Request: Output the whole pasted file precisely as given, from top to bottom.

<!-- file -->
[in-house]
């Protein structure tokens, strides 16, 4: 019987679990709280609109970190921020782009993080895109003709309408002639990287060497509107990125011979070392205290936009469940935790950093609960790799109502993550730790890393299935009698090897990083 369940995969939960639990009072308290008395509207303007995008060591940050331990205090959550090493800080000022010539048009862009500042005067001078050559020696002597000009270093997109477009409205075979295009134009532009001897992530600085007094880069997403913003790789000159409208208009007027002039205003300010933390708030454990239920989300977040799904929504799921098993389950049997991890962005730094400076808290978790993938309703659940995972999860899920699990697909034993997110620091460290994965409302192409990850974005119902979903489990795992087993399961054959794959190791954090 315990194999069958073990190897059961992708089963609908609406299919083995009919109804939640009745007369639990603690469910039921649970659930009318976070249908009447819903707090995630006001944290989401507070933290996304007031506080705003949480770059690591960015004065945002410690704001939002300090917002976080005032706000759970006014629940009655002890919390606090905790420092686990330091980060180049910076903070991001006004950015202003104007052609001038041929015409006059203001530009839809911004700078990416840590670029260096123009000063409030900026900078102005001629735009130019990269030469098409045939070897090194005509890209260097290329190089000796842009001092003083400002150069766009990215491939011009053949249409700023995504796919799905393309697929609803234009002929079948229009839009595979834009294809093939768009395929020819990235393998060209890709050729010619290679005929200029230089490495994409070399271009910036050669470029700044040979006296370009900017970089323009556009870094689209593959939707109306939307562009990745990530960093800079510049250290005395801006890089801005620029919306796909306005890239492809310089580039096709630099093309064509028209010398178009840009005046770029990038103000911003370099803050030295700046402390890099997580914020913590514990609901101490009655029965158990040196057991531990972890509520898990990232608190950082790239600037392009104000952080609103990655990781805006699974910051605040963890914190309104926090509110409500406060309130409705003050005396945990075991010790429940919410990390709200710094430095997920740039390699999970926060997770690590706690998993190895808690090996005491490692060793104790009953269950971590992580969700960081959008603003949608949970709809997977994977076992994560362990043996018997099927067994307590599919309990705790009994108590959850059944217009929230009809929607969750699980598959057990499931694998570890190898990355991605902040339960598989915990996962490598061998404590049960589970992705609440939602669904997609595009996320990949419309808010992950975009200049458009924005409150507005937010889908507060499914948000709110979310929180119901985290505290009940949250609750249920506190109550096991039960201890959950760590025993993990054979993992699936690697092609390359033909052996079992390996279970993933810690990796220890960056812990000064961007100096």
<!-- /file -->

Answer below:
[in-house]
């Protein structure tokens, strides 16, 4: 019987679990709280609109970190921020782009993080895109003709309408002639990287060497509107990125011979070392205290936009469940935790950093609960790799109502993550730790890393299935009698090897990083 369940995969939960639990009072308290008395509207303007995008060591940050331990205090959550090493800080000022010539048009862009500042005067001078050559020696002597000009270093997109477009409205075979295009134009532009001897992530600085007094880069997403913003790789000159409208208009007027002039205003300010933390708030454990239920989300977040799904929504799921098993389950049997991890962005730094400076808290978790993938309703659940995972999860899920699990697909034993997110620091460290994965409302192409990850974005119902979903489990795992087993399961054959794959190791954090 315990194999069958073990190897059961992708089963609908609406299919083995009919109804939640009745007369639990603690469910039921649970659930009318976070249908009447819903707090995630006001944290989401507070933290996304007031506080705003949480770059690591960015004065945002410690704001939002300090917002976080005032706000759970006014629940009655002890919390606090905790420092686990330091980060180049910076903070991001006004950015202003104007052609001038041929015409006059203001530009839809911004700078990416840590670029260096123009000063409030900026900078102005001629735009130019990269030469098409045939070897090194005509890209260097290329190089000796842009001092003083400002150069766009990215491939011009053949249409700023995504796919799905393309697929609803234009002929079948229009839009595979834009294809093939768009395929020819990235393998060209890709050729010619290679005929200029230089490495994409070399271009910036050669470029700044040979006296370009900017970089323009556009870094689209593959939707109306939307562009990745990530960093800079510049250290005395801006890089801005620029919306796909306005890239492809310089580039096709630099093309064509028209010398178009840009005046770029990038103000911003370099803050030295700046402390890099997580914020913590514990609901101490009655029965158990040196057991531990972890509520898990990232608190950082790239600037392009104000952080609103990655990781805006699974910051605040963890914190309104926090509110409500406060309130409705003050005396945990075991010790429940919410990390709200710094430095997920740039390699999970926060997770690590706690998993190895808690090996005491490692060793104790009953269950971590992580969700960081959008603003949608949970709809997977994977076992994560362990043996018997099927067994307590599919309990705790009994108590959850059944217009929230009809929607969750699980598959057990499931694998570890190898990355991605902040339960598989915990996962490598061998404590049960589970992705609440939602669904997609595009996320990949419309808010992950975009200049458009924005409150507005937010889908507060499914948000709110979310929180119901985290505290009940949250609750249920506190109550096991039960201890959950760590025993993990054979993992699936690697092609390359033909052996079992390996279970993933810690990796220890960056812990000064961007100096």